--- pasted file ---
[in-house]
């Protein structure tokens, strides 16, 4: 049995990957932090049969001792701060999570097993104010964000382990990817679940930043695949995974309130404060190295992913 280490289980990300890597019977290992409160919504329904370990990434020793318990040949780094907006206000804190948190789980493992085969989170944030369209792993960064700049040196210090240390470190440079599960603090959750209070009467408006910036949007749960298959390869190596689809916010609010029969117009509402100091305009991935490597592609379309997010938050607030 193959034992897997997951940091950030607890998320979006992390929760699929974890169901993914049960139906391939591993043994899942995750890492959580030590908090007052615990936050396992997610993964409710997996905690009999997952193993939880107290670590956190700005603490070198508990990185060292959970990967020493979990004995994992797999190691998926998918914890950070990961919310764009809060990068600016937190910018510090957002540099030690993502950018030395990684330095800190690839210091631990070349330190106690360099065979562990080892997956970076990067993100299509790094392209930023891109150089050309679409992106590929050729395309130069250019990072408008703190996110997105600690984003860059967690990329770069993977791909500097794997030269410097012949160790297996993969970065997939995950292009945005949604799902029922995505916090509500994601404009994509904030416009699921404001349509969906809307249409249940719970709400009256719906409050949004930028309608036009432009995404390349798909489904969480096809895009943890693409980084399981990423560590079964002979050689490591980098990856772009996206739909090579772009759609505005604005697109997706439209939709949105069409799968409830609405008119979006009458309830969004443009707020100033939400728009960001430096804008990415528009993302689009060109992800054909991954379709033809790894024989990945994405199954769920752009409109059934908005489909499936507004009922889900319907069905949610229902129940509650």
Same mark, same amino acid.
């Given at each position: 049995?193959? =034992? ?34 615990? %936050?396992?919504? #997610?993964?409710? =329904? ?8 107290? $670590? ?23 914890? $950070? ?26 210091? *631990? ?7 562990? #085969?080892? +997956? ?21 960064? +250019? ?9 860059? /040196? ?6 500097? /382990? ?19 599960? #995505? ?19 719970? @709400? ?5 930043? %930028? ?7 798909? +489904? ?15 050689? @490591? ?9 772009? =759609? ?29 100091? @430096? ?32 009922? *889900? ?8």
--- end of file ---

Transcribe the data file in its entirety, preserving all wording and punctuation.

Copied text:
[in-house]
């Protein structure tokens, strides 16, 4: 049995990957932090049969001792701060999570097993104010964000382990990817679940930043695949995974309130404060190295992913 280490289980990300890597019977290992409160919504329904370990990434020793318990040949780094907006206000804190948190789980493992085969989170944030369209792993960064700049040196210090240390470190440079599960603090959750209070009467408006910036949007749960298959390869190596689809916010609010029969117009509402100091305009991935490597592609379309997010938050607030 193959034992897997997951940091950030607890998320979006992390929760699929974890169901993914049960139906391939591993043994899942995750890492959580030590908090007052615990936050396992997610993964409710997996905690009999997952193993939880107290670590956190700005603490070198508990990185060292959970990967020493979990004995994992797999190691998926998918914890950070990961919310764009809060990068600016937190910018510090957002540099030690993502950018030395990684330095800190690839210091631990070349330190106690360099065979562990080892997956970076990067993100299509790094392209930023891109150089050309679409992106590929050729395309130069250019990072408008703190996110997105600690984003860059967690990329770069993977791909500097794997030269410097012949160790297996993969970065997939995950292009945005949604799902029922995505916090509500994601404009994509904030416009699921404001349509969906809307249409249940719970709400009256719906409050949004930028309608036009432009995404390349798909489904969480096809895009943890693409980084399981990423560590079964002979050689490591980098990856772009996206739909090579772009759609505005604005697109997706439209939709949105069409799968409830609405008119979006009458309830969004443009707020100033939400728009960001430096804008990415528009993302689009060109992800054909991954379709033809790894024989990945994405199954769920752009409109059934908005489909499936507004009922889900319907069905949610229902129940509650």
Same mark, same amino acid.
């Given at each position: 049995?193959? =034992? ?34 615990? %936050?396992?919504? #997610?993964?409710? =329904? ?8 107290? $670590? ?23 914890? $950070? ?26 210091? *631990? ?7 562990? #085969?080892? +997956? ?21 960064? +250019? ?9 860059? /040196? ?6 500097? /382990? ?19 599960? #995505? ?19 719970? @709400? ?5 930043? %930028? ?7 798909? +489904? ?15 050689? @490591? ?9 772009? =759609? ?29 100091? @430096? ?32 009922? *889900? ?8």